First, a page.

A lady needs a change.

Tries to tell us why we’re so complex.
I say, Mr. Ellis, now what the hell is
Scientific sex?

Let’s say you like potatoes
And that’s all you’ll eat: potatoes.
But one night you try tomatoes!
A lady needs a change.

When castles start to crumble.
When he begins to fumble.
When there’s no rough and tumble
A lady needs a change.

That great demand is dying
So is that great supplying
And when you both stop trying
A lady needs a change.

His conversation floors ya,
Gentle nausea
That is all you feel.
How you wish you were
Just for one good meal!

When all his clothes look frowsy
By ten at night, he’s drowsy.
By two, boy is he lousy!
A lady needs a change.”
The evening provided a joyful romp through 40 years of Broadway show tunes with occasional wry twists (Bill Fahrner as one of the taxi dancers singing "Big Spender"). While Fahrner and Popovic have long delighted audiences in 42nd Street Moon productions, I was strangely touched listening to Klea Blackhurst's voice. Although known as a belter who can take on Merman's repertoire without batting an eyelash, when Blackhurst has a chance to deliver more lyrical moments there is a magic to her voice that is totally disarming.

While the sound in this clip is a bit muffled, enjoy this gem published on YouTube by Dancers Over 40 (a group of performers who have been documenting a treasure trove of Broadway history). Marge Beddow (who was Gwen Verdon's understudy in Redhead) performs the tongue-twisting "Erbie Fitch's Twitch" with lyrics by Fields to music by Albert Hague. Note the influence of the rising young director and choreographer (Bob Fosse) who subsequently became Verdon's husband.

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When I first started seeing trailers for a new film by Michel Orion Scott and Rupert Isaacson (journalist, founder and director of the Indigenous Land Rights Fund, producer of The Horse Boy, and father of Rowan Isaacson), I was eager to see it. Months later, as I watched a press screening of this movie, which documents a family's expedition to Mongolia in the hope that modern-day shamans might be able to help their autistic son, I couldn't help but wonder: How the hell does a family with an autistic child pay for this kind of extravagance, much less secure the underwriting to fund a major documentary?

The answer to my question was found in a rather long-winded director's statement from Scott:
"I first met Rupert Isaacson at a book talk he gave on the Kalahari Bushmen of Botswana. Rupert spoke passionately about the past, present, and future of a people who many anthropologists believe to be the first human society, and who are now on the brink of extinction. Immediately, I felt a stirring to help. I had just finished working on a large-scale Hollywood film shot in Austin, Texas, and was burned out by the frantic pace of the previous three months. I wanted desperately to spend more time with nature and to work for a cause I believed in. I took a bold step forward and told Rupert, 'I want to help. I work in film and want to offer my services to the cause, paid or not.' We began to talk about the possibility of creating a film about the Bushmen, one that would help them in their fight for survival.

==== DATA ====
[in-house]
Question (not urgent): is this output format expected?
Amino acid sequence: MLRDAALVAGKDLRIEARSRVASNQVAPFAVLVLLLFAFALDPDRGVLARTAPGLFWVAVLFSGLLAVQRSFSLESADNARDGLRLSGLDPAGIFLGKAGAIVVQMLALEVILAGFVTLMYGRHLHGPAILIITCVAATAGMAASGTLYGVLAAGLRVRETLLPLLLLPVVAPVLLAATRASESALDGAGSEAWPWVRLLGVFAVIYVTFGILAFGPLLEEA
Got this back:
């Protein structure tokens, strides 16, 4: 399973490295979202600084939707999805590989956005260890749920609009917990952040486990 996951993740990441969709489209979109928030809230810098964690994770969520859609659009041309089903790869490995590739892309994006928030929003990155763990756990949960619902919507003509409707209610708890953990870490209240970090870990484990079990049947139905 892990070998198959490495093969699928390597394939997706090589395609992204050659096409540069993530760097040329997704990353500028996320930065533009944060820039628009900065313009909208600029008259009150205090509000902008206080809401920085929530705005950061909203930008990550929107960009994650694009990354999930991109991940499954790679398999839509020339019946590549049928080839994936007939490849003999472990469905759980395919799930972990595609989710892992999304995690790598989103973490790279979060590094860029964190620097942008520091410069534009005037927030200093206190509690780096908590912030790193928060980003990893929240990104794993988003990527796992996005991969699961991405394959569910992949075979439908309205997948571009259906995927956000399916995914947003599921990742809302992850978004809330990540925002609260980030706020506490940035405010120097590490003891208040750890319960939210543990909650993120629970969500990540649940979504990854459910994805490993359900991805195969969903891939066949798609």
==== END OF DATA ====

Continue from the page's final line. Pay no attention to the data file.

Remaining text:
Filmmaker Michel Orion Scott

A few months into pre-production, I was sitting with Rupert in his kitchen. Our conversation paused for a moment and then he said, 'Michel, there is something else I would like you to consider.' Rupert told me about his son Rowan, who had been diagnosed with autism two years earlier. He and his wife (Kristin Neff) had tried virtually every form of treatment known to either traditional or alternative medicine. All of them produced disappointing results. Finally, Rupert had decided to take Rowan to Mongolia and travel on horseback throughout the country in search of the mysterious shamans he was somehow sure could help heal his son. He asked me to come with them and record their trip. With a gulp, I said 'Yes, of course.' How could I pass up such an opportunity? The Horse Boy, the account of the Isaacsons’ incredible journey, is a piece of real life magical realism. It has been my dream as a filmmaker to be able to work with such material. At the same time, because the concept of the film was so powerful, I spent many nervous moments wondering how I was going to capture the real story.

Photo: O. Rufus Lovett